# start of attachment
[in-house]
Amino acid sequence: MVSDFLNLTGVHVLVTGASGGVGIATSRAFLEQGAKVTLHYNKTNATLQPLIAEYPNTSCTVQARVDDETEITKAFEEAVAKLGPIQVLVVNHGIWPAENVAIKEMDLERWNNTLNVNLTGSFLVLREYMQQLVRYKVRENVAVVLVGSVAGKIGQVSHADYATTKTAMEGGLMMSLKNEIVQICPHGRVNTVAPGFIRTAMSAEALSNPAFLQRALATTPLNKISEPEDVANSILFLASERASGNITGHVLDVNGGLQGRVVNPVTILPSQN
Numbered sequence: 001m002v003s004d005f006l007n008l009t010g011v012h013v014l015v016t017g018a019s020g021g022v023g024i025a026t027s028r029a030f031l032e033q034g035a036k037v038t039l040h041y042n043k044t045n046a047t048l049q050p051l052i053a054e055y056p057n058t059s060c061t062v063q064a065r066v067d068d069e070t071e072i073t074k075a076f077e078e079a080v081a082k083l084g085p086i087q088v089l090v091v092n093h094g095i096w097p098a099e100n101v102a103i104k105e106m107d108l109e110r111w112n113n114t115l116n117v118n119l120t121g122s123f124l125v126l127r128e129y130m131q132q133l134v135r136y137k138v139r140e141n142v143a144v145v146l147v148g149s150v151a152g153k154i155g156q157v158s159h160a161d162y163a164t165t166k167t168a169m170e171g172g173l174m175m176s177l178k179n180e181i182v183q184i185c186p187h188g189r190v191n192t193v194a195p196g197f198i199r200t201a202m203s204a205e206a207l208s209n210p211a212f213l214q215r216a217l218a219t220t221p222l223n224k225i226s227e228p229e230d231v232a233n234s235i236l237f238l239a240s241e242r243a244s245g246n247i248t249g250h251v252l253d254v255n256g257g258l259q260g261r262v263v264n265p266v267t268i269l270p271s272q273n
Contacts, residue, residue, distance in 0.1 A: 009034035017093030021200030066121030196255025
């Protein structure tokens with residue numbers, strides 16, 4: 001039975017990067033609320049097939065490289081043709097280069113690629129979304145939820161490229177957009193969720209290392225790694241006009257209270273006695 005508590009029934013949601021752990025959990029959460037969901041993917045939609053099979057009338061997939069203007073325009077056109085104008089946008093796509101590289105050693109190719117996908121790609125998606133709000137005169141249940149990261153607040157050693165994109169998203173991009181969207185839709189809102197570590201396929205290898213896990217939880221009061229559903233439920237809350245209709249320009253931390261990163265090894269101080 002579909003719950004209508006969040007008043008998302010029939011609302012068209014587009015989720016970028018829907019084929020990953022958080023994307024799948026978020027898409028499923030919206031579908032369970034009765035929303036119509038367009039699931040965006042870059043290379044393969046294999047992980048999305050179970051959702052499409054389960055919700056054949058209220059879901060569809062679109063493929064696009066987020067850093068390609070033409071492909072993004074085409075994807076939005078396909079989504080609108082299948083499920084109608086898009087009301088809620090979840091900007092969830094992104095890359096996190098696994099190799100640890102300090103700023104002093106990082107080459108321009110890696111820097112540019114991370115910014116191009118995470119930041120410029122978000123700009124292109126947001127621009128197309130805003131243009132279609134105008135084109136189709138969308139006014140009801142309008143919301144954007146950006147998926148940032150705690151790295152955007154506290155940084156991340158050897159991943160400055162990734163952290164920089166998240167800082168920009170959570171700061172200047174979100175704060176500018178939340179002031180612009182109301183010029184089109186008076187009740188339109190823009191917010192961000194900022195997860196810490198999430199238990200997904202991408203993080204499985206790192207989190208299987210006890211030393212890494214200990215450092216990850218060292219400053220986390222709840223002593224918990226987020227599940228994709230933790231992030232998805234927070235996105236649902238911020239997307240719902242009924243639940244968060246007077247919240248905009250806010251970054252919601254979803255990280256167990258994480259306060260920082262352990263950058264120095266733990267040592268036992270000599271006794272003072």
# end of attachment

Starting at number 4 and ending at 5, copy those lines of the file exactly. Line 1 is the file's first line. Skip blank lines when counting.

Contacts, residue, residue, distance in 0.1 A: 009034035017093030021200030066121030196255025
């Protein structure tokens with residue numbers, strides 16, 4: 001039975017990067033609320049097939065490289081043709097280069113690629129979304145939820161490229177957009193969720209290392225790694241006009257209270273006695 005508590009029934013949601021752990025959990029959460037969901041993917045939609053099979057009338061997939069203007073325009077056109085104008089946008093796509101590289105050693109190719117996908121790609125998606133709000137005169141249940149990261153607040157050693165994109169998203173991009181969207185839709189809102197570590201396929205290898213896990217939880221009061229559903233439920237809350245209709249320009253931390261990163265090894269101080 002579909003719950004209508006969040007008043008998302010029939011609302012068209014587009015989720016970028018829907019084929020990953022958080023994307024799948026978020027898409028499923030919206031579908032369970034009765035929303036119509038367009039699931040965006042870059043290379044393969046294999047992980048999305050179970051959702052499409054389960055919700056054949058209220059879901060569809062679109063493929064696009066987020067850093068390609070033409071492909072993004074085409075994807076939005078396909079989504080609108082299948083499920084109608086898009087009301088809620090979840091900007092969830094992104095890359096996190098696994099190799100640890102300090103700023104002093106990082107080459108321009110890696111820097112540019114991370115910014116191009118995470119930041120410029122978000123700009124292109126947001127621009128197309130805003131243009132279609134105008135084109136189709138969308139006014140009801142309008143919301144954007146950006147998926148940032150705690151790295152955007154506290155940084156991340158050897159991943160400055162990734163952290164920089166998240167800082168920009170959570171700061172200047174979100175704060176500018178939340179002031180612009182109301183010029184089109186008076187009740188339109190823009191917010192961000194900022195997860196810490198999430199238990200997904202991408203993080204499985206790192207989190208299987210006890211030393212890494214200990215450092216990850218060292219400053220986390222709840223002593224918990226987020227599940228994709230933790231992030232998805234927070235996105236649902238911020239997307240719902242009924243639940244968060246007077247919240248905009250806010251970054252919601254979803255990280256167990258994480259306060260920082262352990263950058264120095266733990267040592268036992270000599271006794272003072």